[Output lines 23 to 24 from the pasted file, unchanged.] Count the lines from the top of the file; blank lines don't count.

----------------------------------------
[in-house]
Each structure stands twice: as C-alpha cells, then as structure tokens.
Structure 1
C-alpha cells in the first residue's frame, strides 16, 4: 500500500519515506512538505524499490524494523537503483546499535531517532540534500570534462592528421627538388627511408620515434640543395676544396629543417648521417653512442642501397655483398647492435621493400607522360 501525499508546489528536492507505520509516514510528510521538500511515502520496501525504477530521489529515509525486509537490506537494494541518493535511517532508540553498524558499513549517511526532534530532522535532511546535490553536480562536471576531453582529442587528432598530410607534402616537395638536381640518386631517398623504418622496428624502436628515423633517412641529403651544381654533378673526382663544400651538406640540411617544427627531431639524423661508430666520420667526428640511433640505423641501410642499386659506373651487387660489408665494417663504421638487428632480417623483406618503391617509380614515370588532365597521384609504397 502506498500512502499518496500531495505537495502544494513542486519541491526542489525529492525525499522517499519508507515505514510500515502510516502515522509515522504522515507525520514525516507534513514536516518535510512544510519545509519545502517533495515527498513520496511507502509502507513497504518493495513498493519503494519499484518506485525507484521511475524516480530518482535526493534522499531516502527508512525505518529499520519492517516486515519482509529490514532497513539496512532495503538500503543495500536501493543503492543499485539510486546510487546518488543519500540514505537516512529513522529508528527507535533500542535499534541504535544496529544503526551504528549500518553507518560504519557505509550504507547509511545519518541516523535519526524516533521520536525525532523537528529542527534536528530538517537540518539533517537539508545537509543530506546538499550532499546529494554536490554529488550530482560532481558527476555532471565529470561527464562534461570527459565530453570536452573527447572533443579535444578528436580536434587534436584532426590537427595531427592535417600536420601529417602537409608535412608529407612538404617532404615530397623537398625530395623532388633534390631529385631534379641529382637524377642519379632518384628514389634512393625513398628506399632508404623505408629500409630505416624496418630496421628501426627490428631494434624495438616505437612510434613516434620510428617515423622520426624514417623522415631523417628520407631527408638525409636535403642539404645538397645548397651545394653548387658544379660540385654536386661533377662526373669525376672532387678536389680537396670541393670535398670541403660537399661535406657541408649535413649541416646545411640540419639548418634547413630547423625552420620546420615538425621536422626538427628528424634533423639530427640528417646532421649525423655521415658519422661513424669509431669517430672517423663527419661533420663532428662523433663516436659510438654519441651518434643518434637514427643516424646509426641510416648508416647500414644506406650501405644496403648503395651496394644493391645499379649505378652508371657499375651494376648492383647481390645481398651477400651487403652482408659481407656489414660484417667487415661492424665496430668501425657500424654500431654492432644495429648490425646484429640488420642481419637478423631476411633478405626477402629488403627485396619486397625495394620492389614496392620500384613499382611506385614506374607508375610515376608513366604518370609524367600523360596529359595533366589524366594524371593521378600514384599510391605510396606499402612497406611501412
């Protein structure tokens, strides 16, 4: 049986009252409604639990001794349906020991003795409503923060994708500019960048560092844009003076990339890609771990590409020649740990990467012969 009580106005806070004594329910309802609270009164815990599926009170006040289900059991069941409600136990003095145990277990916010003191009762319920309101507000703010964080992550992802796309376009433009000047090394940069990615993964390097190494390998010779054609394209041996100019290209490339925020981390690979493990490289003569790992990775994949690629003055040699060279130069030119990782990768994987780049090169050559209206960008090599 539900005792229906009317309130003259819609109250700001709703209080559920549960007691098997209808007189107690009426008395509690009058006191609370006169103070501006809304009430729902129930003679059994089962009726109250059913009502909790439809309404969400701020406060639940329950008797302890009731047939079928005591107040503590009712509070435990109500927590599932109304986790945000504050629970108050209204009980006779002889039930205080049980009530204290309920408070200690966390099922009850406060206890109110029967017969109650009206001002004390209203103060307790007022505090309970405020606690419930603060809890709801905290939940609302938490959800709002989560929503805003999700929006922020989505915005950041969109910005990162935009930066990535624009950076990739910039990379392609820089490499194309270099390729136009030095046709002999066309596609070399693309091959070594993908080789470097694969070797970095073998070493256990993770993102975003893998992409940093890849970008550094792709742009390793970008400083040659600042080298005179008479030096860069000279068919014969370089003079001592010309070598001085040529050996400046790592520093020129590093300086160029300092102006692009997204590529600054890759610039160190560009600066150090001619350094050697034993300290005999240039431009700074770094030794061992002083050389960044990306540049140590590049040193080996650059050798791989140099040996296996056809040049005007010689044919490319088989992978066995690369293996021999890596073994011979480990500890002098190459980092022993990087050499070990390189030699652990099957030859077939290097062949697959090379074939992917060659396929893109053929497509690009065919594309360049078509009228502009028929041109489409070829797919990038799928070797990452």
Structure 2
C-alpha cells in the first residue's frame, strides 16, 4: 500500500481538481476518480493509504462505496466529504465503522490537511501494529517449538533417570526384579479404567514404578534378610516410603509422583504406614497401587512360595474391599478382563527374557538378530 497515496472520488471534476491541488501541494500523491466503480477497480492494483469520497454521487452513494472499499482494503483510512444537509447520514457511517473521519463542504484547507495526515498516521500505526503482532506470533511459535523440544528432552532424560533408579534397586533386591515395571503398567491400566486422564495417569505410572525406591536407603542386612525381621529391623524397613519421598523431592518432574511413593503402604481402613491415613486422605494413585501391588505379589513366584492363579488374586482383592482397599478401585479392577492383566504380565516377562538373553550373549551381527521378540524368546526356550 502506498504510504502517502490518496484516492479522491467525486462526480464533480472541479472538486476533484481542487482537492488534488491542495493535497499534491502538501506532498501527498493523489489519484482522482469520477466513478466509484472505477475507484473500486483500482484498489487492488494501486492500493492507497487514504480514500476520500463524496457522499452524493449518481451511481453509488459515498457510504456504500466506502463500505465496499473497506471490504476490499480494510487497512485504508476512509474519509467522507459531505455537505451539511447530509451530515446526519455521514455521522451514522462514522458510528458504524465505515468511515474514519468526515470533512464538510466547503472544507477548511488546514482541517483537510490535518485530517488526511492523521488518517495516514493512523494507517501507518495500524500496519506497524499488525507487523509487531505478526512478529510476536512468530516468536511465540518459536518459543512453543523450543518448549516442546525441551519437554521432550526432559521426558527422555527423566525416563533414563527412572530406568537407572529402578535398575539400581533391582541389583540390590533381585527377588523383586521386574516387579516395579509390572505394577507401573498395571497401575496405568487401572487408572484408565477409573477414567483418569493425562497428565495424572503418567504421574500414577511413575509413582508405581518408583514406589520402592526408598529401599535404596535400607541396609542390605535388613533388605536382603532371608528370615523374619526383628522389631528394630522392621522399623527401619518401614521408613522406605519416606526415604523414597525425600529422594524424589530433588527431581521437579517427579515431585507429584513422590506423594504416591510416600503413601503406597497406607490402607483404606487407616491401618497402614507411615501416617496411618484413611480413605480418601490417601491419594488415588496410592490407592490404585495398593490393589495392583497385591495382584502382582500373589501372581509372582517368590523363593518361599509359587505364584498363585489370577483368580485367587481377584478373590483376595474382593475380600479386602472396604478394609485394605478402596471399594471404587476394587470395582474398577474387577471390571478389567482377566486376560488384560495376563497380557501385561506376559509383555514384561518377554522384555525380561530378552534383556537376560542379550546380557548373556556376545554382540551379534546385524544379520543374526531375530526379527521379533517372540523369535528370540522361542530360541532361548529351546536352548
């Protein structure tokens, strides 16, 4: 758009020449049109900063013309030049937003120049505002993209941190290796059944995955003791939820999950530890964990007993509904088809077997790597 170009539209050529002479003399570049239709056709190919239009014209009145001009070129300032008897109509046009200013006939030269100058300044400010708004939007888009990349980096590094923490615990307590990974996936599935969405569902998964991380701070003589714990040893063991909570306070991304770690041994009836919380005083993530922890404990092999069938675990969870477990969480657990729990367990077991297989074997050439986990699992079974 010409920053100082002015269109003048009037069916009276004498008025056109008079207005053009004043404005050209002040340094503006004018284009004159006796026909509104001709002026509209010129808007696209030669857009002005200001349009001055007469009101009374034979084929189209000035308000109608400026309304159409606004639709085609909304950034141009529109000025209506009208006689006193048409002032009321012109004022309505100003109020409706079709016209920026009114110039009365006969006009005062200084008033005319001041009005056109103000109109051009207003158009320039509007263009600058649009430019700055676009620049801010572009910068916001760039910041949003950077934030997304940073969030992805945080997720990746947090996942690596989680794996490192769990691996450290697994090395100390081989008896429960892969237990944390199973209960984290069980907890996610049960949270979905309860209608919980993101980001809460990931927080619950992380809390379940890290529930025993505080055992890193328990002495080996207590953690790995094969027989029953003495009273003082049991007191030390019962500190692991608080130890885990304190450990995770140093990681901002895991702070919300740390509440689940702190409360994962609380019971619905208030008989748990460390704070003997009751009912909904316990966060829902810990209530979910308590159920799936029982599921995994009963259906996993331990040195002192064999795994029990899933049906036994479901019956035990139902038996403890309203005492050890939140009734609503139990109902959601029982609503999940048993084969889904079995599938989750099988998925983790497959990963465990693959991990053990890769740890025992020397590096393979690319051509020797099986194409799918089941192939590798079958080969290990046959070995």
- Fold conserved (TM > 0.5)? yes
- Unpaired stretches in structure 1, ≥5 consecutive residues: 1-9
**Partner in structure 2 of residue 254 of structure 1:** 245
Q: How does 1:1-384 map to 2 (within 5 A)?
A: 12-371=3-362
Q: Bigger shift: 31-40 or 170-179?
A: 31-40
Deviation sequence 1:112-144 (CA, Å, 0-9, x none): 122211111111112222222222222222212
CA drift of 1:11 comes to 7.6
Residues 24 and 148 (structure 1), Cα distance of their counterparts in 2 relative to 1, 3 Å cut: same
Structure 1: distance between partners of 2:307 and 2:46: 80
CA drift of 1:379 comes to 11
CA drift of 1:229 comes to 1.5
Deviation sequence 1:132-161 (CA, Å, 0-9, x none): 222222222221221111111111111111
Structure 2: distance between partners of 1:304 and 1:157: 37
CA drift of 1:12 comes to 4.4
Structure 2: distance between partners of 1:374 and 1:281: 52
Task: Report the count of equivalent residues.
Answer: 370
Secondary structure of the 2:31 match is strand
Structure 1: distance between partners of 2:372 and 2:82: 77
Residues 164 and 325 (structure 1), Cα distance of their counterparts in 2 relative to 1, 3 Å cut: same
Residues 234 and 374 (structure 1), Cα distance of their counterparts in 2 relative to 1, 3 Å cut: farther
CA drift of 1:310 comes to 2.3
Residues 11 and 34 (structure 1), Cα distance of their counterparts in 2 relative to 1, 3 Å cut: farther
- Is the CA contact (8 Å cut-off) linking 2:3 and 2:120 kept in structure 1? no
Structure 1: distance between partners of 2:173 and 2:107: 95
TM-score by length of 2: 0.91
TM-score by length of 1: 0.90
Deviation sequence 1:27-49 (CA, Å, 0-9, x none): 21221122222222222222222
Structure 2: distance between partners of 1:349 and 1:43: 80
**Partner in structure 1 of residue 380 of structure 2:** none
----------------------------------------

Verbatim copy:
Structure 2: distance between partners of 1:304 and 1:157: 37
CA drift of 1:12 comes to 4.4